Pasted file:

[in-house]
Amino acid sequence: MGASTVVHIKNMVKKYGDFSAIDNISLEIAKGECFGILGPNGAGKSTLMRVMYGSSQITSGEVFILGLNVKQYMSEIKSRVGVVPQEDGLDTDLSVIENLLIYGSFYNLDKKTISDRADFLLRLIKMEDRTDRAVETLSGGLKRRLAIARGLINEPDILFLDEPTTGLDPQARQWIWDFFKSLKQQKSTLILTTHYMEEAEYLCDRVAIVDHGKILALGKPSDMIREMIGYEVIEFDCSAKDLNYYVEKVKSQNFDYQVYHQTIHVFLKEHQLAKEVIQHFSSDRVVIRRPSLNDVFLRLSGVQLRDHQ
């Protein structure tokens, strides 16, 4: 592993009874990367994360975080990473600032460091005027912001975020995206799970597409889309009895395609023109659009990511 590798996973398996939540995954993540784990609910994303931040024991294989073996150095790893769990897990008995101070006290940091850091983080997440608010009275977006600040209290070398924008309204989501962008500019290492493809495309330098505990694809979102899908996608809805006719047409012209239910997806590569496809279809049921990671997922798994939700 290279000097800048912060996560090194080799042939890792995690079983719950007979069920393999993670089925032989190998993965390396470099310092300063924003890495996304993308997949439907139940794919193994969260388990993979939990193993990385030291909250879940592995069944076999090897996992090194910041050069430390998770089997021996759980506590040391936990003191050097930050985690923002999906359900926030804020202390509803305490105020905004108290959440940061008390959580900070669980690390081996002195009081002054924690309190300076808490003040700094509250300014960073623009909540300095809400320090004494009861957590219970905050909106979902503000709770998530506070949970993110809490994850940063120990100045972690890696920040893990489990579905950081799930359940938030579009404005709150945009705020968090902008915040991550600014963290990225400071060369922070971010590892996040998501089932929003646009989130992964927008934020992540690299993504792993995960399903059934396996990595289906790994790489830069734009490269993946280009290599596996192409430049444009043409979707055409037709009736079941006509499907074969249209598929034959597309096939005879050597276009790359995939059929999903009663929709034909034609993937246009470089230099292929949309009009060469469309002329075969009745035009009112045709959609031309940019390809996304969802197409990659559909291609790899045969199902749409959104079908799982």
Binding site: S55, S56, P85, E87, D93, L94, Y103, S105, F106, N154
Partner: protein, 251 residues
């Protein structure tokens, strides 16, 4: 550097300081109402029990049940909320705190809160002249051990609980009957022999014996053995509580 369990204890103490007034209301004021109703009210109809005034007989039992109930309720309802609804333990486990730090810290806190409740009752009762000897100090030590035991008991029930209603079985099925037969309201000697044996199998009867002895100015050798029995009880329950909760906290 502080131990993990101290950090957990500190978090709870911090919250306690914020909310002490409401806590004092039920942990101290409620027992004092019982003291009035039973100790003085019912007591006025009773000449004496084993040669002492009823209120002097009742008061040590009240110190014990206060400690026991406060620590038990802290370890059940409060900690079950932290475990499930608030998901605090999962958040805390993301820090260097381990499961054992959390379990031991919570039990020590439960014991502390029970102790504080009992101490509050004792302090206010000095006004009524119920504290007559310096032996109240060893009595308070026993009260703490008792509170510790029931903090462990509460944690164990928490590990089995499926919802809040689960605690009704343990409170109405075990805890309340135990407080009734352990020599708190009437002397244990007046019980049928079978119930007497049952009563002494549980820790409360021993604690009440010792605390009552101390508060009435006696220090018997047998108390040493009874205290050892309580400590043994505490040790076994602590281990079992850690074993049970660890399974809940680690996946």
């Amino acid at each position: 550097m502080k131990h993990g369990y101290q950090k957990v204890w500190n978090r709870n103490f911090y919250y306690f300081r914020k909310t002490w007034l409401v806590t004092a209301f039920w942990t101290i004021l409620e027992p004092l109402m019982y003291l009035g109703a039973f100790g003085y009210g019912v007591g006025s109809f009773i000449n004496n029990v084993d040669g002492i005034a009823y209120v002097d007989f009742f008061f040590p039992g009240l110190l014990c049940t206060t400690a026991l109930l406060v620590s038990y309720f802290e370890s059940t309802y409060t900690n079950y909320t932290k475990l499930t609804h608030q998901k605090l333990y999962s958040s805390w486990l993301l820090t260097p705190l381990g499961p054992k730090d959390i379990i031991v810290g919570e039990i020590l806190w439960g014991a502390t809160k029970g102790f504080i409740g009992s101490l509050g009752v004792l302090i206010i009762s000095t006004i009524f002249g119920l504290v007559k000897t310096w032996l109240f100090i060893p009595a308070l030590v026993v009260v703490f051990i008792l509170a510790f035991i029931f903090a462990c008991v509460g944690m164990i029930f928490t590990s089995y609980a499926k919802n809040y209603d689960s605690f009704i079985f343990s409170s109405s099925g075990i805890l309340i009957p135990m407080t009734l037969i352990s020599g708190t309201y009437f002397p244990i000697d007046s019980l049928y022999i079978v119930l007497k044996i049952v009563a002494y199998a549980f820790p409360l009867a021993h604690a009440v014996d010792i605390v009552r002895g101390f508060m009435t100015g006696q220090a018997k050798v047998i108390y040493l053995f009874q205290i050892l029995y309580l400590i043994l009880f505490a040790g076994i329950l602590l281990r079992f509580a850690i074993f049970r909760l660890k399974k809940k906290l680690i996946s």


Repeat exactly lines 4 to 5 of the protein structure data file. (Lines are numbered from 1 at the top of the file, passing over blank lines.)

Binding site: S55, S56, P85, E87, D93, L94, Y103, S105, F106, N154
Partner: protein, 251 residues